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CSB/SJU students venture to India


Brynn Haugen- India

The new CSB/SJU study abroad trip in India is located in the city of Kolkata and is directed by Madhu Mitra. | Brynn Haugen

CSB/SJU has a new addition to the list of education abroad programs offered: India.

“At CSB/SJU, we had been planning to start a study abroad program in India for several years: Three different faculty development trips and one short-term program in January laid the foundations for this semester long program, “ said Madhu Mitra, a CSB/SJU professor advising the spring 2011 trip.

The program is located in the eastern part of the country in the city of Kolkata (formerly known as Calcutta).

According to CSB/SJU Education Abroad Website, the CSB/SJU students are enrolled in one class at St. Xavier’s College, taking a Study Abroad Seminar and courses in Bengali language, culture, arts and the history of India.

The students are staying with host families from various parts of Kolkata. Mitra said students are continuously discovering new restaurants, shops, bookstores and markets. They are completely emerged into a different culture.

“The program also offers an option for at least two longer excursions to other parts of India besides several short trips around Kolkata, to the mountains as well as the seas,” spring 2012 faculty director and an economics professor Sucharita Mukherjee said.

While abroad, students are required to spend six to eight hours per week on site with a volunteer or service organization. Service learning is a major component of the program.

Loreto Day School is one of the sites students are volunteering at. It is a school for females ranging from preschool through high school. The school is a mix of upper and middle class with the underprivileged students. CSB/SJU students play games and tutor the children. Other areas that students are volunteering at include working with gay rights and women rights.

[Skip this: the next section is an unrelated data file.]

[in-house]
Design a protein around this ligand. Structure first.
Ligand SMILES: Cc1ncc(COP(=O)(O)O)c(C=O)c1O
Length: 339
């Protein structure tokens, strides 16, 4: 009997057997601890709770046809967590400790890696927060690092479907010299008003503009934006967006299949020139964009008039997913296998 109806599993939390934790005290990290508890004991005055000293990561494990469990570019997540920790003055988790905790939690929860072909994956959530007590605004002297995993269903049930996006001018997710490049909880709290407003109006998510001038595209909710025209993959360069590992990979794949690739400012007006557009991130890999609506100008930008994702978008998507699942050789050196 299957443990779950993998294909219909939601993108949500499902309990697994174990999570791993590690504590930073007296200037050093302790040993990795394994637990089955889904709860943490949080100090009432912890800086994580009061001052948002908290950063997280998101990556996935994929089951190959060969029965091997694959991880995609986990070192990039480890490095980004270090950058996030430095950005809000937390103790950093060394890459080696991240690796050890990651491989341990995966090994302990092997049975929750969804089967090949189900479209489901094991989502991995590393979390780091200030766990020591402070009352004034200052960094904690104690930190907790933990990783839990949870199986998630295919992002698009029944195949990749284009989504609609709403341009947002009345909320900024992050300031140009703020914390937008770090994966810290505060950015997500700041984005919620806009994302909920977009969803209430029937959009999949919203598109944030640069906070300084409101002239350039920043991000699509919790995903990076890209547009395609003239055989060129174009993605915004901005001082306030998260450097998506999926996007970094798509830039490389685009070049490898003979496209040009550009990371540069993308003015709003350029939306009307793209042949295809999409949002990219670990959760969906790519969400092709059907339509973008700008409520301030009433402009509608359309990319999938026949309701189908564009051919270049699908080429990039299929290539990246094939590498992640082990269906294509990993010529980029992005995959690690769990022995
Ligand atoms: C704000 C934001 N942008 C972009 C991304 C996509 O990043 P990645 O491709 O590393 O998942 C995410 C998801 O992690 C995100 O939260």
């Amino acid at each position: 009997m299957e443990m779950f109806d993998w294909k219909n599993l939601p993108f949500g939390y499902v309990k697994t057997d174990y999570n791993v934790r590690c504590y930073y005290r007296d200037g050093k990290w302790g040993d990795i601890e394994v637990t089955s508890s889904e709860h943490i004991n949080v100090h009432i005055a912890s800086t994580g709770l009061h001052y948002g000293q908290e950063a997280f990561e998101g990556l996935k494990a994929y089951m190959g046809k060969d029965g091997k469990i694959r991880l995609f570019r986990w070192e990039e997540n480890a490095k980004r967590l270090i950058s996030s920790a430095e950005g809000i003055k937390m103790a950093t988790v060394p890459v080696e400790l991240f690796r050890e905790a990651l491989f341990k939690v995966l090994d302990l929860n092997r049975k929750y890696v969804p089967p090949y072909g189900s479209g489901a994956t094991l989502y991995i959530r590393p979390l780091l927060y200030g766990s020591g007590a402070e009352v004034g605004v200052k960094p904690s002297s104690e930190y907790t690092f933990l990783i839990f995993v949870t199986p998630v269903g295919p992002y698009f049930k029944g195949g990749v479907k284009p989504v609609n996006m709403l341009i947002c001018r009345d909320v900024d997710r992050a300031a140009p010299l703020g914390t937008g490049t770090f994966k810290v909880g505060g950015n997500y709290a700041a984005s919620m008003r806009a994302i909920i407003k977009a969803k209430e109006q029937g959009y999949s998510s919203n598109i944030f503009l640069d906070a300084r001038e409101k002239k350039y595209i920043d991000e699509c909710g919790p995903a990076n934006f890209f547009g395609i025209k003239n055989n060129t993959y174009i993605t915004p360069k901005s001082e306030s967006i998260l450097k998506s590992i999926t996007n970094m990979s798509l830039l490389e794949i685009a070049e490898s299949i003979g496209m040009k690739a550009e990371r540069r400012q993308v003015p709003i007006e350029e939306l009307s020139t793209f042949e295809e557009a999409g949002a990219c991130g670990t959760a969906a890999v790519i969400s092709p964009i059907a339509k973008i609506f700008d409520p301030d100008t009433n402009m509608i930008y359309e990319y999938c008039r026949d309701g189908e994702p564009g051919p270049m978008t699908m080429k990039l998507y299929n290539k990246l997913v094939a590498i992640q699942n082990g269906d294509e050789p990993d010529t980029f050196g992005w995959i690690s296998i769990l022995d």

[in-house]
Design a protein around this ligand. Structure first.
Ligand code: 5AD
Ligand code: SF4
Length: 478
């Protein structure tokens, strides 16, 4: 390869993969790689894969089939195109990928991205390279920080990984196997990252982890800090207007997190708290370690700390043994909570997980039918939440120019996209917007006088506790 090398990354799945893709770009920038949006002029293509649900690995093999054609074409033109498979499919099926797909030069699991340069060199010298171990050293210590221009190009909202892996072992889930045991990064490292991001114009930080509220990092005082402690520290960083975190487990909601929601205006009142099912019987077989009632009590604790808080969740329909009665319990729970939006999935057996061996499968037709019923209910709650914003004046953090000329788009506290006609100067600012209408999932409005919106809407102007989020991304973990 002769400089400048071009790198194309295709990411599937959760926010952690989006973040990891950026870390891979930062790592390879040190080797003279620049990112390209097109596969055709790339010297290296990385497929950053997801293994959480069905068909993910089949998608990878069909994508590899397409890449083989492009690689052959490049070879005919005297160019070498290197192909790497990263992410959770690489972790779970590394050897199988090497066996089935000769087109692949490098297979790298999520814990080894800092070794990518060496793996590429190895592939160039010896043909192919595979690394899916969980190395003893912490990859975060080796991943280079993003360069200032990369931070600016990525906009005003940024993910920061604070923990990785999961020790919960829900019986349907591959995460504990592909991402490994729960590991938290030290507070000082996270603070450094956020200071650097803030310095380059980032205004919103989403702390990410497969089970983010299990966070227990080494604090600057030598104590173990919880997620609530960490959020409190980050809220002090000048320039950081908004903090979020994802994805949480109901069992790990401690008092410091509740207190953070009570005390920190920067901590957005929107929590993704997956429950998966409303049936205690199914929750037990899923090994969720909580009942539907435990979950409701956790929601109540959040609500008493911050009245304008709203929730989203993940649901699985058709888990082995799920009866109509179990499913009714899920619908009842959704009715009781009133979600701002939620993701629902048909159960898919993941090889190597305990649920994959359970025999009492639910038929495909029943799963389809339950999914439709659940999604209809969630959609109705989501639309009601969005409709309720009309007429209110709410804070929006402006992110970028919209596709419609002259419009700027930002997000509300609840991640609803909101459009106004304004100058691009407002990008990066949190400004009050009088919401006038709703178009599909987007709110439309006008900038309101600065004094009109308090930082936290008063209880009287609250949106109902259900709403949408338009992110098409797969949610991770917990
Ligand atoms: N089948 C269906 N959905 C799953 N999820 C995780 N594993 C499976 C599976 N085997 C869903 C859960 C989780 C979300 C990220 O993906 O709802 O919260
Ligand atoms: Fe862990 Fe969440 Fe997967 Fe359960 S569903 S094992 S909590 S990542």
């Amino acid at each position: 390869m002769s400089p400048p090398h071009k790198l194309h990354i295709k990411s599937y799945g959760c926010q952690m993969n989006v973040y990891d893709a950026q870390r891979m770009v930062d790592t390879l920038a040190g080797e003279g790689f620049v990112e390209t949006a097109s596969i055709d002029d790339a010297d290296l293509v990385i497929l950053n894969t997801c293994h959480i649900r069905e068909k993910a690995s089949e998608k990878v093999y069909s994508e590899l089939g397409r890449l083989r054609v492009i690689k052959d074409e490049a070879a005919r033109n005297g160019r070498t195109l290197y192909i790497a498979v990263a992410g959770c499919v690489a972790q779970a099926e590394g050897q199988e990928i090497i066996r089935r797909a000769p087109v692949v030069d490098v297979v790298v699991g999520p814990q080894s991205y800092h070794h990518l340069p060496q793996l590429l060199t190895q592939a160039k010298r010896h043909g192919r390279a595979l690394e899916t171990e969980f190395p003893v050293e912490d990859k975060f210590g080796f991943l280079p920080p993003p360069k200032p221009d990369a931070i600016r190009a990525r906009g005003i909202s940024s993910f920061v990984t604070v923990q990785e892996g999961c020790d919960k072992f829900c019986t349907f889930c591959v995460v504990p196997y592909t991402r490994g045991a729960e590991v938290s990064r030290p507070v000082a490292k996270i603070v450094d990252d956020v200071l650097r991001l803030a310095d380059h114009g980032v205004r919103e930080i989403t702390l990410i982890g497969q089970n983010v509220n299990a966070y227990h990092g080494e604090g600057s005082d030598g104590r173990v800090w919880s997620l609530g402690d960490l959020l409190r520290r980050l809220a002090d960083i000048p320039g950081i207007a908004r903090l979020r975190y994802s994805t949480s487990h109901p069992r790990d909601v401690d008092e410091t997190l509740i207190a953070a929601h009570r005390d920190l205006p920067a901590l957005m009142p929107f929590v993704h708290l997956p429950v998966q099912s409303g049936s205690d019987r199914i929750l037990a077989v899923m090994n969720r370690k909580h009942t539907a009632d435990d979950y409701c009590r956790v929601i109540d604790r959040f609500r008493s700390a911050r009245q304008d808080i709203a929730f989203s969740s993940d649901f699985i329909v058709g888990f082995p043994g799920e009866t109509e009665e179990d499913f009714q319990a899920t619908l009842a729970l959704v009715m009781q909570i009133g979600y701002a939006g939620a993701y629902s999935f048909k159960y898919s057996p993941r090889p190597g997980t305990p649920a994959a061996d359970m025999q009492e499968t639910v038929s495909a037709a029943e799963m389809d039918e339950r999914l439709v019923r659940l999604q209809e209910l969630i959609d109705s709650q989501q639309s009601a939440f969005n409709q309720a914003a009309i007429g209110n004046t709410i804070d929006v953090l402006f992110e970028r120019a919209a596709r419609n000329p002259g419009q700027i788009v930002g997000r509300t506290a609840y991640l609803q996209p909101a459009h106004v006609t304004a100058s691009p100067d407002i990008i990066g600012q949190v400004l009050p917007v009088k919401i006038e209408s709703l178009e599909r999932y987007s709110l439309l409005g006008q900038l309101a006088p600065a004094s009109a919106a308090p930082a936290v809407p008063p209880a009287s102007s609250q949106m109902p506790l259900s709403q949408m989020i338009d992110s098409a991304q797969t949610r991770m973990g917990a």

Mukherjee said, “As made clear from President Obama’s recent trip to the country, political and economic ties between India and the U.S. would only grow with time. It is therefore an opportune time to give our students a chance to study in India, appreciate the differences and get a first experience of a country they could have potential connections with in the future.”

Mitra expresses pride for the current CSB/SJU students studying abroad in India.

“They have been amazingly patient and cooperative, open to sudden change of plans and quick to adapt to completely new living conditions and a radically different education system.”

State elections are coming up in May in Kolkata.

“Everyone is specially tuned into these elections because for the first time in three decades, the ruling party in West Bengal (the Communist party of India–Marxist, or CPIM) is facing the prospect of heavy losses, perhaps even a defeat,” Mitra said.

Due to this semester being the first that the education office has sent students to India, Peggy Retka, the OEA program adviser and Education Abroad adviser, spent the first two and a half weeks in Kolkata with the students. Retka reports that there have been politically motivated rallies and violent reactions in India, but none of the CSB/SJU students are involved, They do get to see some demonstrations, sit-ins and strikes. Retka said that her office monitors what might be affecting the area the students are in, how the students can be smart and how they can protect themselves.

According to their Website, CSB/SJU education abroad program thinks it is important that students can study and learn from this so called “up and coming area”.